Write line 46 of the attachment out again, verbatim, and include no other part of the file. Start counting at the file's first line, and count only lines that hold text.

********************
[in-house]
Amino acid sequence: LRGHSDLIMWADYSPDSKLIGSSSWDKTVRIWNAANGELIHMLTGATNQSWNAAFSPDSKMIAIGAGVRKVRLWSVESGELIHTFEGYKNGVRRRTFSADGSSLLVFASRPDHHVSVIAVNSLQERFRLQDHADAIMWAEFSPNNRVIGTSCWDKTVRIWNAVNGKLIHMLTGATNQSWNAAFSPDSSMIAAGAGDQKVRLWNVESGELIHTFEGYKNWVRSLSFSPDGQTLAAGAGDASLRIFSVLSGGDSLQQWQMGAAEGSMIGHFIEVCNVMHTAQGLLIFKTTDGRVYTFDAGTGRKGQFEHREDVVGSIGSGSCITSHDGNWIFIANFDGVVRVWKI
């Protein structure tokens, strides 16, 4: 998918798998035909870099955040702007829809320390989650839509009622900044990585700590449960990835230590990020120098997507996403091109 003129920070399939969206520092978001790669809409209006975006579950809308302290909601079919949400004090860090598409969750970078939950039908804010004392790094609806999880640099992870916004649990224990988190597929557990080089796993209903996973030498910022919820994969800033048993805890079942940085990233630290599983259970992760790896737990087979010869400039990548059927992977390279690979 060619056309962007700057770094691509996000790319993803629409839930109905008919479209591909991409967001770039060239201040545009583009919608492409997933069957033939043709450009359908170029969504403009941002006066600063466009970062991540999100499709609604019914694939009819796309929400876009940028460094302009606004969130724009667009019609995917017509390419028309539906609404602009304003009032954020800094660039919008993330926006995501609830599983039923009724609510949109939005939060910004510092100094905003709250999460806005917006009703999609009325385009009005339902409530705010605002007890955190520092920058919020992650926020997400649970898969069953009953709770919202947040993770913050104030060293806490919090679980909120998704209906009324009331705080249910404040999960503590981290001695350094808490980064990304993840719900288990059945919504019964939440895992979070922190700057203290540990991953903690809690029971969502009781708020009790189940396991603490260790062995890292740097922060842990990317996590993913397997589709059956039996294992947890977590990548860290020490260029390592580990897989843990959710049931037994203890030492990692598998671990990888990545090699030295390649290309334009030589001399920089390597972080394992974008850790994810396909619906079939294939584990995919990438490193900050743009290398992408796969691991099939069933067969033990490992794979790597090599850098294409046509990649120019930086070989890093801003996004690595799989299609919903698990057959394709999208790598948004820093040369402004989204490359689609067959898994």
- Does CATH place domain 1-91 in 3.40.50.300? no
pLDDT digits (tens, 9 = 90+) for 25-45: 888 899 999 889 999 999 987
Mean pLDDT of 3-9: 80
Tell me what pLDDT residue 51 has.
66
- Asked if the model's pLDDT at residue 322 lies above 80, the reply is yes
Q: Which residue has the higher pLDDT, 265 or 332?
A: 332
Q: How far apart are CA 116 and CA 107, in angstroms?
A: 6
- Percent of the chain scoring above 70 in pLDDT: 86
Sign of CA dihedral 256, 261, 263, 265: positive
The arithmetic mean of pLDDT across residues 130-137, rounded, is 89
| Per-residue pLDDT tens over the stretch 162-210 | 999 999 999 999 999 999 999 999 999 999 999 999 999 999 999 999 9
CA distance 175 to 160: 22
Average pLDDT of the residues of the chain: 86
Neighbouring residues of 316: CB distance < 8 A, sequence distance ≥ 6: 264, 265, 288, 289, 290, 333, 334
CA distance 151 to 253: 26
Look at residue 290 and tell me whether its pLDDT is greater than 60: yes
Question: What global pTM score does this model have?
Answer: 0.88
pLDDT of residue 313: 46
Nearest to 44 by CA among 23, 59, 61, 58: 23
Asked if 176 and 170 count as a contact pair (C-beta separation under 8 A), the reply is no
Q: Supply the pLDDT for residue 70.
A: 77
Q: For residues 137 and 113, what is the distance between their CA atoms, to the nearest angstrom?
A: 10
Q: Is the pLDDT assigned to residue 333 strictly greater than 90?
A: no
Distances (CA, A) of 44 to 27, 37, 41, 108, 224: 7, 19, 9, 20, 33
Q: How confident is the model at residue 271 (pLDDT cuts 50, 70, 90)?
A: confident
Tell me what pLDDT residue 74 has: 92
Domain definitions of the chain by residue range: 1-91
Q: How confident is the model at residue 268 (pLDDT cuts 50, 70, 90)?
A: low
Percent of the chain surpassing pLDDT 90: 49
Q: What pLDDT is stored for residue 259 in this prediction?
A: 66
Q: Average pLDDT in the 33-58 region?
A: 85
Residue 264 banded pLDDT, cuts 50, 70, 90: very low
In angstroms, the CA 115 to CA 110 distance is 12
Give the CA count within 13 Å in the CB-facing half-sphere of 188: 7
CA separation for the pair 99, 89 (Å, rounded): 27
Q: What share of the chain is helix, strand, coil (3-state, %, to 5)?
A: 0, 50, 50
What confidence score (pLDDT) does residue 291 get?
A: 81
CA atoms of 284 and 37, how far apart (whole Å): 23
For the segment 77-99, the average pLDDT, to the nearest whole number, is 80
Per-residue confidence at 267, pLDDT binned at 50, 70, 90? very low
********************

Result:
Residue 264 banded pLDDT, cuts 50, 70, 90: very low